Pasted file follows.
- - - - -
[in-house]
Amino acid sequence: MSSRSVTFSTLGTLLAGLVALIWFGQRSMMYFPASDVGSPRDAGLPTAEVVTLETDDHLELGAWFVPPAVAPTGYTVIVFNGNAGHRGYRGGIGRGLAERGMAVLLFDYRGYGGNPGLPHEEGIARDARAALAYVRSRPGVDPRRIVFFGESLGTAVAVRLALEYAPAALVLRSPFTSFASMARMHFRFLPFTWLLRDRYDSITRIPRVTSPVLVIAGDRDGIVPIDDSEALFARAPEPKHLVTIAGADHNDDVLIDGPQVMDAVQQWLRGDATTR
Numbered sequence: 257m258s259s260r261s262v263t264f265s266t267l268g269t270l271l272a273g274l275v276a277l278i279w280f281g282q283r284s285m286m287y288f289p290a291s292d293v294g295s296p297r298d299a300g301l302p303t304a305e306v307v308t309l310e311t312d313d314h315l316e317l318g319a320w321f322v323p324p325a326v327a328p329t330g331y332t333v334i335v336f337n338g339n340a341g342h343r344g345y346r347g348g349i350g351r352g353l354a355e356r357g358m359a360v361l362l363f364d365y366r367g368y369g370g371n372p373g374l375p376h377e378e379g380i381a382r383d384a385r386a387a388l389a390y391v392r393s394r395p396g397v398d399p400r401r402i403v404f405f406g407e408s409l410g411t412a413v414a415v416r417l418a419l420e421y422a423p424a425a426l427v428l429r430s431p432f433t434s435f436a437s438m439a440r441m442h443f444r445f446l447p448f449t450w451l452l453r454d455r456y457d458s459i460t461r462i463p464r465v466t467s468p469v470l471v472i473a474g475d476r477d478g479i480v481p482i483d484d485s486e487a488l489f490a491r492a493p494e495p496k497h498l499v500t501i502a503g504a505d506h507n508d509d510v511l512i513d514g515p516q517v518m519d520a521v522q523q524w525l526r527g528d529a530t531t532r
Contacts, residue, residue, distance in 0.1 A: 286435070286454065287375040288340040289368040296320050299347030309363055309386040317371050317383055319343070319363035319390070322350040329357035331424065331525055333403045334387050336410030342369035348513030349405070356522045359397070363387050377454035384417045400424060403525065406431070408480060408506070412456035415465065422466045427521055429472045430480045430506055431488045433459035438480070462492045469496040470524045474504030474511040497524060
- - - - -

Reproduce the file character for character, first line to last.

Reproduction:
[in-house]
Amino acid sequence: MSSRSVTFSTLGTLLAGLVALIWFGQRSMMYFPASDVGSPRDAGLPTAEVVTLETDDHLELGAWFVPPAVAPTGYTVIVFNGNAGHRGYRGGIGRGLAERGMAVLLFDYRGYGGNPGLPHEEGIARDARAALAYVRSRPGVDPRRIVFFGESLGTAVAVRLALEYAPAALVLRSPFTSFASMARMHFRFLPFTWLLRDRYDSITRIPRVTSPVLVIAGDRDGIVPIDDSEALFARAPEPKHLVTIAGADHNDDVLIDGPQVMDAVQQWLRGDATTR
Numbered sequence: 257m258s259s260r261s262v263t264f265s266t267l268g269t270l271l272a273g274l275v276a277l278i279w280f281g282q283r284s285m286m287y288f289p290a291s292d293v294g295s296p297r298d299a300g301l302p303t304a305e306v307v308t309l310e311t312d313d314h315l316e317l318g319a320w321f322v323p324p325a326v327a328p329t330g331y332t333v334i335v336f337n338g339n340a341g342h343r344g345y346r347g348g349i350g351r352g353l354a355e356r357g358m359a360v361l362l363f364d365y366r367g368y369g370g371n372p373g374l375p376h377e378e379g380i381a382r383d384a385r386a387a388l389a390y391v392r393s394r395p396g397v398d399p400r401r402i403v404f405f406g407e408s409l410g411t412a413v414a415v416r417l418a419l420e421y422a423p424a425a426l427v428l429r430s431p432f433t434s435f436a437s438m439a440r441m442h443f444r445f446l447p448f449t450w451l452l453r454d455r456y457d458s459i460t461r462i463p464r465v466t467s468p469v470l471v472i473a474g475d476r477d478g479i480v481p482i483d484d485s486e487a488l489f490a491r492a493p494e495p496k497h498l499v500t501i502a503g504a505d506h507n508d509d510v511l512i513d514g515p516q517v518m519d520a521v522q523q524w525l526r527g528d529a530t531t532r
Contacts, residue, residue, distance in 0.1 A: 286435070286454065287375040288340040289368040296320050299347030309363055309386040317371050317383055319343070319363035319390070322350040329357035331424065331525055333403045334387050336410030342369035348513030349405070356522045359397070363387050377454035384417045400424060403525065406431070408480060408506070412456035415465065422466045427521055429472045430480045430506055431488045433459035438480070462492045469496040470524045474504030474511040497524060